ISVs


I was talking to one of the SaaS vendors and he was mentioning that their Sales & Marketing expenses were 75% to 125% of their new sales bookings. He was also mentioning that anything below 75% and anything above 125% is considered to be danger zones. I was relating this to one of my earlier posts on this “To SaaS or not to SaaS – An ISV’s perspective”.  In that post I had dealt in detail as to why ISVs may not be going for SaaS discounting the benefits of moving to SaaS.

This high percentage of Sales & Marketing expense adds another dimension to ISVs possibly not wanting to move the SaaS way. For them to be successful, it becomes extremely important for ISVs to ensure that their sales and marketing is cost-effective, for which they need to have extremely good visibility on their sales funnel and ability to predict and forecast accurately. Additionally, they need to identify metrics that would be able to measure the returns on every program that they do in the mix. Keep what brings revenue and throw what doesn’t in your marketing mix.

This also makes it necessary for the ISVs to have access to quality funding that will allow them to do increased sales and marketing spending towards achieving breakeven and eventually profitability. As more and more customers seek SaaS, this may not result in a level playing field as big platform players would be better positioned to offer them as opposed to non-funded setups. Else, you need to have substantial legacy revenue for you to easily move the SaaS way.

Most enterprises consider business applications to be their priority. Enterprises haven’t given importance to becoming information-centric all these years but it is visibly changing. Priority business applications are ERP, business intelligence and accounting apps.

Primarily, these business applications have helped organizations convert ‘unstructured information’ into a ‘structured format’ that allows for easier management of business critical information. But, organizations have realized that this alone is not enough and there is a lot of knowledge that is available in different forms and buried in different processes across the organization. It becomes imperative for them to manage such content and capture knowledge to be efficient in their business.

This has prompted many enterprises to look at text mining tools that would allow them to do in-depth mining of ‘unstructured text’, both online and offline information, and convert them into actionable inputs for enterprises. This will include customer complaints, call center transactions, email communication etc. Though, this certainly is a few years away for this to become an enterprise priority.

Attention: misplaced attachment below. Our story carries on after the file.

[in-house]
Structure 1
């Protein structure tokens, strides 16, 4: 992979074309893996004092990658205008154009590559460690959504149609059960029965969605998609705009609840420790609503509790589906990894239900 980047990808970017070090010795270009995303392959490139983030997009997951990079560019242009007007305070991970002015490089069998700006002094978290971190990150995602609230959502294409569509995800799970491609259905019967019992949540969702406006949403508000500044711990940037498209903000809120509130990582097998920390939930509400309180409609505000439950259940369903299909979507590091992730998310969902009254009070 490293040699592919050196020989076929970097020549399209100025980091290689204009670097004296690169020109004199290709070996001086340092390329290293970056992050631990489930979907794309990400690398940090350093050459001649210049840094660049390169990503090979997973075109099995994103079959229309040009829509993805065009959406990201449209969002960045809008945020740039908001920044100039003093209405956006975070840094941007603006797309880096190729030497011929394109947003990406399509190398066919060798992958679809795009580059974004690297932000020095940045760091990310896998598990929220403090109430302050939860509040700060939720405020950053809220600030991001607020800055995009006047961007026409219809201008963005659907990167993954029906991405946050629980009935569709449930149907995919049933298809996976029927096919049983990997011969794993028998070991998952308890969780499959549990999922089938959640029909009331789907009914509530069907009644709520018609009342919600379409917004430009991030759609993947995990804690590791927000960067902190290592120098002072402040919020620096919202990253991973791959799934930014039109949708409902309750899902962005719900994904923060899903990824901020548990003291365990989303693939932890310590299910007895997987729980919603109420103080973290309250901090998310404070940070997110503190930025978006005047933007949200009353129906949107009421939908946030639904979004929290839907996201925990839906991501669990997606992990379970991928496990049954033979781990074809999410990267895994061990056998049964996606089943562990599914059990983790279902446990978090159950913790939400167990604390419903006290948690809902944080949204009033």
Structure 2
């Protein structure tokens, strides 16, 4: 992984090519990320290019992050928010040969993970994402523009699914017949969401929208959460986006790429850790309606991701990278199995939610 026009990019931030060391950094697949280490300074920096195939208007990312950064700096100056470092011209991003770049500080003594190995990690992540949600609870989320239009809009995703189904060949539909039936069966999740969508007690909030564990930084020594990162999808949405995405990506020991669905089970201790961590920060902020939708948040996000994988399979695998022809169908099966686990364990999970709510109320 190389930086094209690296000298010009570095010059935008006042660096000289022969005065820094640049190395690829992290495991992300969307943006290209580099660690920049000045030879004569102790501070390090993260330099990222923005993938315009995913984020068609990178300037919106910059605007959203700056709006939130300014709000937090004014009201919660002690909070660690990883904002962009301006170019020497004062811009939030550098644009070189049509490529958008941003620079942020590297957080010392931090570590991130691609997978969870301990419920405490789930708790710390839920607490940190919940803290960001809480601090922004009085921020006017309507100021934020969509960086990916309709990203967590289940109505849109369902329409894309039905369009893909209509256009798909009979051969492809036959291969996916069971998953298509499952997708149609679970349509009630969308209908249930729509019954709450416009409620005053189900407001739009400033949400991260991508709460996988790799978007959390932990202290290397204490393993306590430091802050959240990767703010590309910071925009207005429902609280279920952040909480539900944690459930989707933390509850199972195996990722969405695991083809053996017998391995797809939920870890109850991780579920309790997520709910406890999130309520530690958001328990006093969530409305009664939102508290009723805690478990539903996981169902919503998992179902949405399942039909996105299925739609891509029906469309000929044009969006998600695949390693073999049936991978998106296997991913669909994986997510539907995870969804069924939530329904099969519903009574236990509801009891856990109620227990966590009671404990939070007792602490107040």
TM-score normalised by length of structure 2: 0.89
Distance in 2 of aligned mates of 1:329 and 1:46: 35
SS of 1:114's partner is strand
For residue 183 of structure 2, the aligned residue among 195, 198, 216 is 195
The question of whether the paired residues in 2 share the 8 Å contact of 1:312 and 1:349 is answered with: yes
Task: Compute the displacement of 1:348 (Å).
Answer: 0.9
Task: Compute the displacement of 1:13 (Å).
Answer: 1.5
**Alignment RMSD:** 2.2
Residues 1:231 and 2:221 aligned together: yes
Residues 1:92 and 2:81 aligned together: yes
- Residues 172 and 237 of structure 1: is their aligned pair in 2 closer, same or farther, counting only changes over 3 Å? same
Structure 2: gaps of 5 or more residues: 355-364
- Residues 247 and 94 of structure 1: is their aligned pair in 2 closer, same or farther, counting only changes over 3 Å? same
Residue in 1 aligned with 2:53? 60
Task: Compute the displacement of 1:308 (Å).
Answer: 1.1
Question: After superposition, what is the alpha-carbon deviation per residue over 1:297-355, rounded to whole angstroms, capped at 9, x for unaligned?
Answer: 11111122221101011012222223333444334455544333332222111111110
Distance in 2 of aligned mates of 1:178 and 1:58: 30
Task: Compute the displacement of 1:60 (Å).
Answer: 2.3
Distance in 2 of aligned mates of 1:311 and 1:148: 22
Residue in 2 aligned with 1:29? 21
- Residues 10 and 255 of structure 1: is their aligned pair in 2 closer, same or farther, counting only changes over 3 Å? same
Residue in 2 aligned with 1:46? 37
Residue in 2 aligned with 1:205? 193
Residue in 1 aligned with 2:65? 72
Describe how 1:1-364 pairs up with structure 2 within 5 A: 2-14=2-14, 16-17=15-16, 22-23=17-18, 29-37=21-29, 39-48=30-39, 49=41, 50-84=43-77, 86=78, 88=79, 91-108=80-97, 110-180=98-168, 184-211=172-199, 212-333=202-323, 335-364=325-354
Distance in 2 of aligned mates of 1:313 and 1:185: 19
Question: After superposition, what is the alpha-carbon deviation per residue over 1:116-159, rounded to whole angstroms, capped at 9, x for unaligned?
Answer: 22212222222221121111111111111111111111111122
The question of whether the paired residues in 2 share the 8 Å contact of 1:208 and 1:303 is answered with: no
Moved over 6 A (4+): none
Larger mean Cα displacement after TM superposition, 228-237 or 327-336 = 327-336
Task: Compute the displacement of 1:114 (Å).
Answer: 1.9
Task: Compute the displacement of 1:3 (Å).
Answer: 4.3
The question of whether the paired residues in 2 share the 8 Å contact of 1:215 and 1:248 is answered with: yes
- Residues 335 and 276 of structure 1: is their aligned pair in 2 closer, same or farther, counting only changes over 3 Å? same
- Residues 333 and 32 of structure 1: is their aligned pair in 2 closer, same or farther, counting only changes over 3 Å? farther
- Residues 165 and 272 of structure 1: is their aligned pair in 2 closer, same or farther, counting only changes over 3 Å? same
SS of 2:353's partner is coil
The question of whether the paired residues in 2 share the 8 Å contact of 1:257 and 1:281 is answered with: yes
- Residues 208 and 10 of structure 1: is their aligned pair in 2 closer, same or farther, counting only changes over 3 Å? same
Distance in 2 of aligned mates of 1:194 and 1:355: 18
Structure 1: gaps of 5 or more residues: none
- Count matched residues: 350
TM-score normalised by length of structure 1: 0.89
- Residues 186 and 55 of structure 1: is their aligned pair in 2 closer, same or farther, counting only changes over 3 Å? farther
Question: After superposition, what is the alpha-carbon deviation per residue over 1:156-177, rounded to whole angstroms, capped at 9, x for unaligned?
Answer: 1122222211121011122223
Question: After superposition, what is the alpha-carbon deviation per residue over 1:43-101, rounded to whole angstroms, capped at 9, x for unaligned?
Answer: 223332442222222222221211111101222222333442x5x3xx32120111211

Enterprises definitely have a taken a step in that direction where information-centricity will be sought, with other business applications and data mining application.

ISVs that engineer enterprise software face a number of challenges with respect to flexibility, scalability, extensibility, availability, performance etc. In my mind, the top three challenges that enterprise software face today are:

  • Integration with third party software and IT systems
  • Transaction types from different data sources and support for disparate client types
  • High-volume transaction capability

If a software is architected keeping in mind these three challenges, most issues related to the enterprise software will cease to exist.

I’ve been following this company dimdim for sometime now and it is getting better and better. I wrote a post earlier where I was suggesting that they should position themselves as a Live eLearning Platform with the features that they have. They have gone a step further by providing integration with Moodle, an Open Source Learning Management System. Moodle and dimdim dancing together will be irresistable. The reviews that I read about dimdim’s integration with moodle are also excellent.

I also see a number of projects displayed in sites like rent-a-coder, getafreelancer etc. where the requirements are integration of Moodle and Dimdim, Moodle+Dimdim+Joomla etc. There definitely seems to be a active community that has been positioning Dimdim pretty well. I would love to hear and write about the initiatives that dimdim has been taking with respect to their positioning.

Essentially, at this rate dimdim would become a necessary backbone of any unified communication strategy of enterprises.

There have been various industry reports that keeps suggesting that most companies will move towards SaaS as the customers want them more than the willingness of ISVs to offer their product as SaaS. But then, not many are offering SaaS and the possible reasons why they aren’t offering is what is covered in this post.

  • Most enterprise software vendors don’t want to move their offering to SaaS as the sales cycle is too long and the buyers aren’t going to get convinced easily on the service levels